If you are running Domino 10.0.1 Servers with German Language Pack and trying to implement SAML authentication mechanism, make sure to switch to the English version of the IdP Catalog database.
Or else you could run into the problem with creating the Service Provider Certificate by using the “Create SP Certificate” button in the “IdP Configuration” document, this action will create the certificate, but it will not create the “ServiceProvider.xml” file. When doing so, I got the following error:
Agent message: CreateIdPXML error 91 (Object variable not set) line 19 Please pass this error message to your notes admin
We had this issue in two customer environments, using Domino Version 10.0.1 to 10.0.1 FP3.
One of our customers would like to use Domino as a User repository to Authenticate his users against services like WordPress and Drupal. The first thing that crossed my mind was Domino AppDev Pack and OAuth 2 Protocol. We decided to Deploy the AppDev Pack 1.0.1 (later on I upgraded the package to the 1.0.2 version) in a test environment and test this out.
The deployment is not that hard, the preparation of SSL Certificates is the key. For the Proton Task you need to create a self-signed certificate and generate some user certificates using the same CA you created for the Proton task. For everything else, you need a valid public SSL Certificate (including the client Application, WordPress for example). A big thumbs up for my colleague Christian Brandlehner for the heads-up. This is the first thing to keep in mind.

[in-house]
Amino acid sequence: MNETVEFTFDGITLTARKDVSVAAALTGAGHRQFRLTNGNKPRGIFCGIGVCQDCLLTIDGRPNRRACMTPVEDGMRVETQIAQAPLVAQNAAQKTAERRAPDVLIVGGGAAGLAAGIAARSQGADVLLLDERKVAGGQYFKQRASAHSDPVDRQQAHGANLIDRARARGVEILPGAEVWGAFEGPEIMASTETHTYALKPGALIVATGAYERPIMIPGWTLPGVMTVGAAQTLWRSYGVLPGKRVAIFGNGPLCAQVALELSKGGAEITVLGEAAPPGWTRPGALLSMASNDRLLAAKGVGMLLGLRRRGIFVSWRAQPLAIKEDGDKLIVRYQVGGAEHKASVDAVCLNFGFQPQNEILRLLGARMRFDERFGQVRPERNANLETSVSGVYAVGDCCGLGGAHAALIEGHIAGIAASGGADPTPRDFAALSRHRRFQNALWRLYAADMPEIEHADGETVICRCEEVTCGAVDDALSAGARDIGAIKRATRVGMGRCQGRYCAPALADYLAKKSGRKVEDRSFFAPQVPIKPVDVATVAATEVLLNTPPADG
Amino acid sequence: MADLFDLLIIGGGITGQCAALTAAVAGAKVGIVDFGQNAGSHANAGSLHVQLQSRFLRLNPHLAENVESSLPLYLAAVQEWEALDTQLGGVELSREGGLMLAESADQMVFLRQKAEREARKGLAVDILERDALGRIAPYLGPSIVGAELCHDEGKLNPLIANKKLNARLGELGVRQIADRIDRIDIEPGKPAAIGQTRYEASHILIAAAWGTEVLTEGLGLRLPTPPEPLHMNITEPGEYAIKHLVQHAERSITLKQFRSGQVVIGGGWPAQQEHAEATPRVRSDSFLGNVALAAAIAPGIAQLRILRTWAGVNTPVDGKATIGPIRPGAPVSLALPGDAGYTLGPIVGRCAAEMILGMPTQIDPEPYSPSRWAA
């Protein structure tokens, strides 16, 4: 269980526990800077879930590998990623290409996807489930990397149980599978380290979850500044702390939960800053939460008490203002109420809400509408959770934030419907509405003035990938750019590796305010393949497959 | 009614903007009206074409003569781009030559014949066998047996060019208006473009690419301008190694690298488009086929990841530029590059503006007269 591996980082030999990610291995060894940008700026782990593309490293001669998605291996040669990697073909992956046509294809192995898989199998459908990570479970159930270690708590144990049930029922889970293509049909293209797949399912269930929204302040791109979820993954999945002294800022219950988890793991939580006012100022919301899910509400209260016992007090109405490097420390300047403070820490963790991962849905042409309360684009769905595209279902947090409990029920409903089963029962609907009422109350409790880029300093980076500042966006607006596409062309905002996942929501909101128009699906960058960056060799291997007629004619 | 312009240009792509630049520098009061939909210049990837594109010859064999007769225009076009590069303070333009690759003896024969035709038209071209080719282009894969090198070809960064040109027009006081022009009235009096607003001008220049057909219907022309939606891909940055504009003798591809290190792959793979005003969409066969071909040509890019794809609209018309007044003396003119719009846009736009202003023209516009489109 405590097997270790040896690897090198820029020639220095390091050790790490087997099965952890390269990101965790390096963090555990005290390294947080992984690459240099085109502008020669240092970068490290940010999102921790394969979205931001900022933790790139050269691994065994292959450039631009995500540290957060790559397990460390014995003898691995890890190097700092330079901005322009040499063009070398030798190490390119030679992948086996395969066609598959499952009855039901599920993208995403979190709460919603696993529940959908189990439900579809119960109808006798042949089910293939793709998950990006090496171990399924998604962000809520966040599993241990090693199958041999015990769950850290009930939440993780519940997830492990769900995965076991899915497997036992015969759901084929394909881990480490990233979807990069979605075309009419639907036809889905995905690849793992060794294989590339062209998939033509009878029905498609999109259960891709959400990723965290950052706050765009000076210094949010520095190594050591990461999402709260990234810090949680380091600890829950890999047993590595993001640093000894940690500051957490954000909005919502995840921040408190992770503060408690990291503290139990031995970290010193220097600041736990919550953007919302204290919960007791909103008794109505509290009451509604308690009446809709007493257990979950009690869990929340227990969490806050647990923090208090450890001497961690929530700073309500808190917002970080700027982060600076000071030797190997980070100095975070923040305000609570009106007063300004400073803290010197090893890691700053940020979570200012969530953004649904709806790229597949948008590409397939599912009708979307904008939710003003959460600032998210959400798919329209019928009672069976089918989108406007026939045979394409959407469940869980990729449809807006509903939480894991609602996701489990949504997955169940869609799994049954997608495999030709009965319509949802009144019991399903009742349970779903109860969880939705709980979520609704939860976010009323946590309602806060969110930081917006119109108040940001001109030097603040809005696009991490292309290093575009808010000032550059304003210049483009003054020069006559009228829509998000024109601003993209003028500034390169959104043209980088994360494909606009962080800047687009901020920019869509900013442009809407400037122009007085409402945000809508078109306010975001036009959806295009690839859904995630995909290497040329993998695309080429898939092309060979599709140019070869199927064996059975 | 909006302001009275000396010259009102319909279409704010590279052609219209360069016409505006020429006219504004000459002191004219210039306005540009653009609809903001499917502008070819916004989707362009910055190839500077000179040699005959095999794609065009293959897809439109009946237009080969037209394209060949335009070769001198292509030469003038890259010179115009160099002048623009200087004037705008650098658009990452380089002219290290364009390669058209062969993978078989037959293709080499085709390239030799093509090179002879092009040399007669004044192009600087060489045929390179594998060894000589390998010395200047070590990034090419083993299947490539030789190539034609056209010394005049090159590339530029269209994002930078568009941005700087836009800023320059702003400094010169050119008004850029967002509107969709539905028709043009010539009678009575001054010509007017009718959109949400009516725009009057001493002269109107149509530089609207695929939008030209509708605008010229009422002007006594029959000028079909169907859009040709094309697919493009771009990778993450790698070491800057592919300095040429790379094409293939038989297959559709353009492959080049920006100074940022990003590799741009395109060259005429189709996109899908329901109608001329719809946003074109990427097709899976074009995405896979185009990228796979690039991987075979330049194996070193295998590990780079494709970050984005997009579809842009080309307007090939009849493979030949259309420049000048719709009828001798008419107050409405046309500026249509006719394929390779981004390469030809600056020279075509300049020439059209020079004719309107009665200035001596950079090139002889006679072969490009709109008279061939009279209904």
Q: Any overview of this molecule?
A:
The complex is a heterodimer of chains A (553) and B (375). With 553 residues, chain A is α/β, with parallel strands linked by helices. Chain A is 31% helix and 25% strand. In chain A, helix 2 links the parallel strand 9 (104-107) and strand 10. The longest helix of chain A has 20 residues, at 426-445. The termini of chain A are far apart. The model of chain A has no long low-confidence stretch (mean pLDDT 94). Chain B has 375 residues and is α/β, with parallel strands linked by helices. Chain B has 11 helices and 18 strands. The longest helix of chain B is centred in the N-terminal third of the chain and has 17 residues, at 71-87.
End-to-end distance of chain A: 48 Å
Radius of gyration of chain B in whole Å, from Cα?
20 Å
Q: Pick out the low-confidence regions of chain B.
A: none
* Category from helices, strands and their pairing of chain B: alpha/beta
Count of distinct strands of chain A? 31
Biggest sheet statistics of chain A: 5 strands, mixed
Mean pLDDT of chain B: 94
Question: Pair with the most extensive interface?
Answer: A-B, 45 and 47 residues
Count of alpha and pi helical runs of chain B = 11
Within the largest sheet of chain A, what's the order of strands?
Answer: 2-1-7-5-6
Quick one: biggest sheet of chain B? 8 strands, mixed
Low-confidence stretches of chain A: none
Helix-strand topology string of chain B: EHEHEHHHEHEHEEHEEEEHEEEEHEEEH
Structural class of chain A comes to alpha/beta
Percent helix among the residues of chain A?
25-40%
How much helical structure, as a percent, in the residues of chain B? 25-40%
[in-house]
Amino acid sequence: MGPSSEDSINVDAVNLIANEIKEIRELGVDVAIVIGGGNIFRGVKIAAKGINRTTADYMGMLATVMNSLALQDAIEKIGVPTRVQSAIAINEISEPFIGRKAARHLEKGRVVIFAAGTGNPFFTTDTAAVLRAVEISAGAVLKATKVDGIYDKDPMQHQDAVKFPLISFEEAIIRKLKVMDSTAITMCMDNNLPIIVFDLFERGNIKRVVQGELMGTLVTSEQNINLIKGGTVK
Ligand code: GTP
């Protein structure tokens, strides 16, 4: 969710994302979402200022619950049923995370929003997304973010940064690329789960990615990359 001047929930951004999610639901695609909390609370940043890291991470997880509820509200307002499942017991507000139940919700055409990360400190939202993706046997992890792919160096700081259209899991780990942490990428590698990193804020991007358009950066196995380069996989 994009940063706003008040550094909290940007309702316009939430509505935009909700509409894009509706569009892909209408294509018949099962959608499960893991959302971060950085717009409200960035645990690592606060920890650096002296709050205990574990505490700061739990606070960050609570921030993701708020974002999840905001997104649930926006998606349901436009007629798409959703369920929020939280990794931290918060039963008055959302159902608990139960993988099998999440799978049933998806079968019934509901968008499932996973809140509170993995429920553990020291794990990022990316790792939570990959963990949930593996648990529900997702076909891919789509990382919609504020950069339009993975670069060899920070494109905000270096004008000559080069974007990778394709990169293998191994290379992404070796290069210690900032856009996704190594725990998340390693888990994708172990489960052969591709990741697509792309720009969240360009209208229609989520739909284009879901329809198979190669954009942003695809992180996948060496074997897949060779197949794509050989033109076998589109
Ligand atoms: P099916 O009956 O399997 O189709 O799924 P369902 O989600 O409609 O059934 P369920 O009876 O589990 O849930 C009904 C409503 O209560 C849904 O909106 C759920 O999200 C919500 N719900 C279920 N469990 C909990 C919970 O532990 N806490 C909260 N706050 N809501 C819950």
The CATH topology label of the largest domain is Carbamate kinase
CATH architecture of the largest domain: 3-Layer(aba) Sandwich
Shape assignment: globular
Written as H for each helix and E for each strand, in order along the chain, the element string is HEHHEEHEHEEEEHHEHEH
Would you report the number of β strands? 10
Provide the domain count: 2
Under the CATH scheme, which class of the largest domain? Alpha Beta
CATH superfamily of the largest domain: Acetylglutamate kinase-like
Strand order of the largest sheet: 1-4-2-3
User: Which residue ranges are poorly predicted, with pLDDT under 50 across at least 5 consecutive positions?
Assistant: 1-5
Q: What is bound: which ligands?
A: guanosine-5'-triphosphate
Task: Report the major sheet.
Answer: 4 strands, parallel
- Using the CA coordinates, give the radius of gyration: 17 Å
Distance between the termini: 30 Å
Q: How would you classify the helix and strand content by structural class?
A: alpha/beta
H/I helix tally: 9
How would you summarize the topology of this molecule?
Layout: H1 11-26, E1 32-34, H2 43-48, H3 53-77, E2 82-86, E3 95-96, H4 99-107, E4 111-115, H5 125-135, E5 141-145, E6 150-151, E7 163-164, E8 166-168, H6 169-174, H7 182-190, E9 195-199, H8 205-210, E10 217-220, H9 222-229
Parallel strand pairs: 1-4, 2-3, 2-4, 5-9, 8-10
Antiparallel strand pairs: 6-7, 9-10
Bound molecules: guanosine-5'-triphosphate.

I am thinking about posting a step-by-step guide on how to deploy the environment we needed, so let me know if you are interested.
My first big issue was finding a WordPress Plugin which we were able to use with Domino IAM as endpoint. Most of the plugins available in the WordPress store can not be used in that regard. For me, only the WordPress plugin from MiniOrange was a viable option, they also have an awesome support.
After choosing and configuring the plugin I started getting various errors, like “client authentication failed” or “callback URL mismatch“. I contacted Heiko Vogt who helped me with troubleshooting, but after a some time I opened a case at HCL Support site. Here I got the information that most of the third party Software or Plugins for OAuth 2 will fail if there is a “+” or “%” sign in the Client Secret (this is by no means a bug or error at IAM component). That was the next challenge, because you can not restrict the Domino IAM on which characters to use when creating a Client Secret for the OAuth mechanism. Here you have to be patient and generate a few Applications on IAM until you get one without “+” or “%” characters in the Client Secret.
One more thing, you have to make sure that the “Callback URL” is the same in IAM Application definition and in the WordPress plugin, including any trailing slashes, this is the reason for “callback URL mismatch” error.
After a client secret with which the plugin could work was generated, we have hit the next problem, the Plugin and the OAuth Authentication works, but after a user logs in, the IAM is only sending “sub” and “accountId” user attributes to the WordPress Server. The issue here is that the free version of the MiniOrange Plugin only supports “mail” attribute at this point, the support is working on a trial version which we could try out with IAM found in the AppDev Pack.